Nmap is very popular tool among pentester and system/network administrators. We have all ready provided different nmap tutorials and cheat sheet but TCP and UDP port scan is important part of the scan. We will dive in detail in this tutorial.
Start Port Scan
The most simple usage without any parameter for a port scan is just providing the target. The target can be a single IP or hostname or multiple targets. In this example we will scan IP address
192.168.1.1 with most common 1000 ports by default.
$ nmap 192.168.1.1
TCP Syn Scan
As we know TCP connection is initiated with 3-way handshake. The first step in 3-way handshake is sending
Syn TCP packets. We can only send
Syn packets to the target to scan and get status of the remote port without establishing connection. We will use
-sS for this. This option requires Administrator or root privileges
$ nmap -sS 192.168.1.1
TCP Ack Scan
TCP Ack scan will similar to Syn scan but also send the ACK packets to the target system. We will use
-sA option for this.
$ nmap -sA 192.168.1.1
UDP Port Scan
Nmap scans TCP ports by default and do not scan any UDP ports. Actually scanning UDP ports may not generate any reliable result but it may be beneficial in some situations. We can scan UDP ports with
$ nmap -sU 192.168.1.1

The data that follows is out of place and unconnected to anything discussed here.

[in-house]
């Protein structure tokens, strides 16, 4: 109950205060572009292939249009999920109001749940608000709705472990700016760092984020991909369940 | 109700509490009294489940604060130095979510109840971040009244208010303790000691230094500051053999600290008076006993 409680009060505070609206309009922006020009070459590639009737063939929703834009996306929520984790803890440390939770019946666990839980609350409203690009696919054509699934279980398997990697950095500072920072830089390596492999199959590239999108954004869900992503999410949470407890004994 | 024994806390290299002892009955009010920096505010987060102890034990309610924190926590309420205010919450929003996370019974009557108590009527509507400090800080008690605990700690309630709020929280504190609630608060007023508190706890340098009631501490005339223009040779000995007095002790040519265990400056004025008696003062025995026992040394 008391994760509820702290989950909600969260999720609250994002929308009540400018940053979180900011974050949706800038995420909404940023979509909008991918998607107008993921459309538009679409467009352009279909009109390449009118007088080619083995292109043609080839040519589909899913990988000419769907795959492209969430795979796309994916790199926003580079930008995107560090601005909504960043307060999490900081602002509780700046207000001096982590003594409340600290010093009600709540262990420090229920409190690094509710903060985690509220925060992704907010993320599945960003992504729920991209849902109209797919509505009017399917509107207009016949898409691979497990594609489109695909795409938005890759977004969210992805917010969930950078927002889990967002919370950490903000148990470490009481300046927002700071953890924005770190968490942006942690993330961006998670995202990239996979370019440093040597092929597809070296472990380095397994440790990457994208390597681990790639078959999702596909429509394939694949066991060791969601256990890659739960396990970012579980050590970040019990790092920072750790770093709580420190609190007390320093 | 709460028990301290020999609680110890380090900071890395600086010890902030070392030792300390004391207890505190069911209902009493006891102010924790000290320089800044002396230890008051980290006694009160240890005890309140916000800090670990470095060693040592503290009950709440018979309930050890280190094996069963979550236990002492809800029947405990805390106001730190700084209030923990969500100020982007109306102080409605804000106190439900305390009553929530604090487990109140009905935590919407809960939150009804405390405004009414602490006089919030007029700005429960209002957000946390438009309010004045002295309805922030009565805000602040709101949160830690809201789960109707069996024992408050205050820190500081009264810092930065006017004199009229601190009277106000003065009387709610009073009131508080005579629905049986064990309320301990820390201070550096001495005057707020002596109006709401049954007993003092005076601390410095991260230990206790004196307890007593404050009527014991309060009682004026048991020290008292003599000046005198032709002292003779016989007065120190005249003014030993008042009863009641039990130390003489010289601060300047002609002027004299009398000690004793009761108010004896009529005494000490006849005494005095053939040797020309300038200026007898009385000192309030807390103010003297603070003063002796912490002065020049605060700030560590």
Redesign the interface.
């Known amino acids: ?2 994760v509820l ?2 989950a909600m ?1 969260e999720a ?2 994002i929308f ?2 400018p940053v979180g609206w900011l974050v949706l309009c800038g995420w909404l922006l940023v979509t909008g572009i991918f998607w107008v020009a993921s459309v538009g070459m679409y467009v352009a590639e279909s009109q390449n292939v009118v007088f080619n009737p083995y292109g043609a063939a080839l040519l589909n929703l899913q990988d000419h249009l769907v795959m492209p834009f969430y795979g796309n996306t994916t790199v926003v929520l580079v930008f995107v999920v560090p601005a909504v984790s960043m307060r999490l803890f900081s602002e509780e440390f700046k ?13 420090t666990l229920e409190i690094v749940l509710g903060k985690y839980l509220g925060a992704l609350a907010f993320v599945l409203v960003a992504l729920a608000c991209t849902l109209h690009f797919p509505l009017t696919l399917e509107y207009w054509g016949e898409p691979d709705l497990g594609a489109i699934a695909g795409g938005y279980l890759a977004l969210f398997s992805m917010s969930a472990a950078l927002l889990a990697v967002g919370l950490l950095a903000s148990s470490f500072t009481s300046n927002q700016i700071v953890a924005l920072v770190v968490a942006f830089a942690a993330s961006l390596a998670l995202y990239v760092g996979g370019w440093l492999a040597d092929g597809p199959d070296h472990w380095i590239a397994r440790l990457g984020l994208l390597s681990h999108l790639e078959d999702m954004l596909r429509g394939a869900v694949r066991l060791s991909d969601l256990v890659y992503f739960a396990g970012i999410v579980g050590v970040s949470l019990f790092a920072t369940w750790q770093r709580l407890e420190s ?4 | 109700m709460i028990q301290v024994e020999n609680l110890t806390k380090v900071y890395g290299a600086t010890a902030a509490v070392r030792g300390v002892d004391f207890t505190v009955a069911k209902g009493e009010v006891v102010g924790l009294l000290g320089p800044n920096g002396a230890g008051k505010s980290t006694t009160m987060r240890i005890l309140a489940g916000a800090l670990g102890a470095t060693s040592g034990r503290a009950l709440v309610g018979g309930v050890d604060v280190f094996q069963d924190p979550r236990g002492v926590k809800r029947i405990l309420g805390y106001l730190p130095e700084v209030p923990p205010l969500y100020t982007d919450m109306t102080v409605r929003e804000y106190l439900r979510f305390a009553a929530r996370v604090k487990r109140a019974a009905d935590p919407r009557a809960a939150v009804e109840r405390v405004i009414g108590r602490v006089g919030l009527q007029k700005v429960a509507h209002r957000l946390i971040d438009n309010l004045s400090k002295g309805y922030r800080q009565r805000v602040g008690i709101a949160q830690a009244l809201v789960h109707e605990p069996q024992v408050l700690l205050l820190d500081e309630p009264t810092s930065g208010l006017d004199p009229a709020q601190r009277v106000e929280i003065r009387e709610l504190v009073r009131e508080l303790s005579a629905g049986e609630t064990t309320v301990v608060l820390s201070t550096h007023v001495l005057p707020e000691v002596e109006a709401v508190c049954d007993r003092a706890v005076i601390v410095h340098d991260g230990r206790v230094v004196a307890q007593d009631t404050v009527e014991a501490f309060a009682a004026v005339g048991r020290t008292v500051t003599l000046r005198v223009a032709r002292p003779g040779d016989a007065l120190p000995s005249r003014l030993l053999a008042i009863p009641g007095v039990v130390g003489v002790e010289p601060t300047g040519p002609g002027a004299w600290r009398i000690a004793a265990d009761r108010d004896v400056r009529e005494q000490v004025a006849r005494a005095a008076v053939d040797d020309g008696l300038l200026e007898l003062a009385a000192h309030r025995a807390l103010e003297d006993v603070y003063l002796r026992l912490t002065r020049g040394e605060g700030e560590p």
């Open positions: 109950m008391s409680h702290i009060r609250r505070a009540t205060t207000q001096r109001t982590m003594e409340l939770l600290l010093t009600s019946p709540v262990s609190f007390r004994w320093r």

Range Of Port Scan
We can specify a port range for TCP port scan. We will use
-p option and the range of port numbers by delimiting with
- . For example
0-100 will scan TCP ports from 0 to 100.
$ nmap -p -100 192.168.1.1
Multiple Port Scan
In previous step we have specified the target port range as bulk. We have option to specify multiple ports one by one for single scan. We will use
-p option again but we will delimit ports with
, comma . In this example we will scan remote TCP ports 22,80,443 and 8080 .
$ nmap -p 22,80,443,8080 192.168.1.1
Most Used Ports Scan
Nmap have a port usage frequency database. We can use this database to limit our scan for most common ports. We will use
--top-ports option with most common port count. In this example we will scan most common
$ nmap --top-ports 333 192.168.1.1
Fast Port Scan
We can specify the TCP port scan speed with
-T options. There are 5 levels and the default level or speed is
3 . We can use
5 for fastest scan. Be aware that this may interrupt network or remote targets.
$ nmap -T 5 192.168.1.1
Slower Port Scan
We can also use
1 for slower port scan which will make our scan invisible for security systems like IPS or IDS.
$ nmap -T 1 192.168.1.1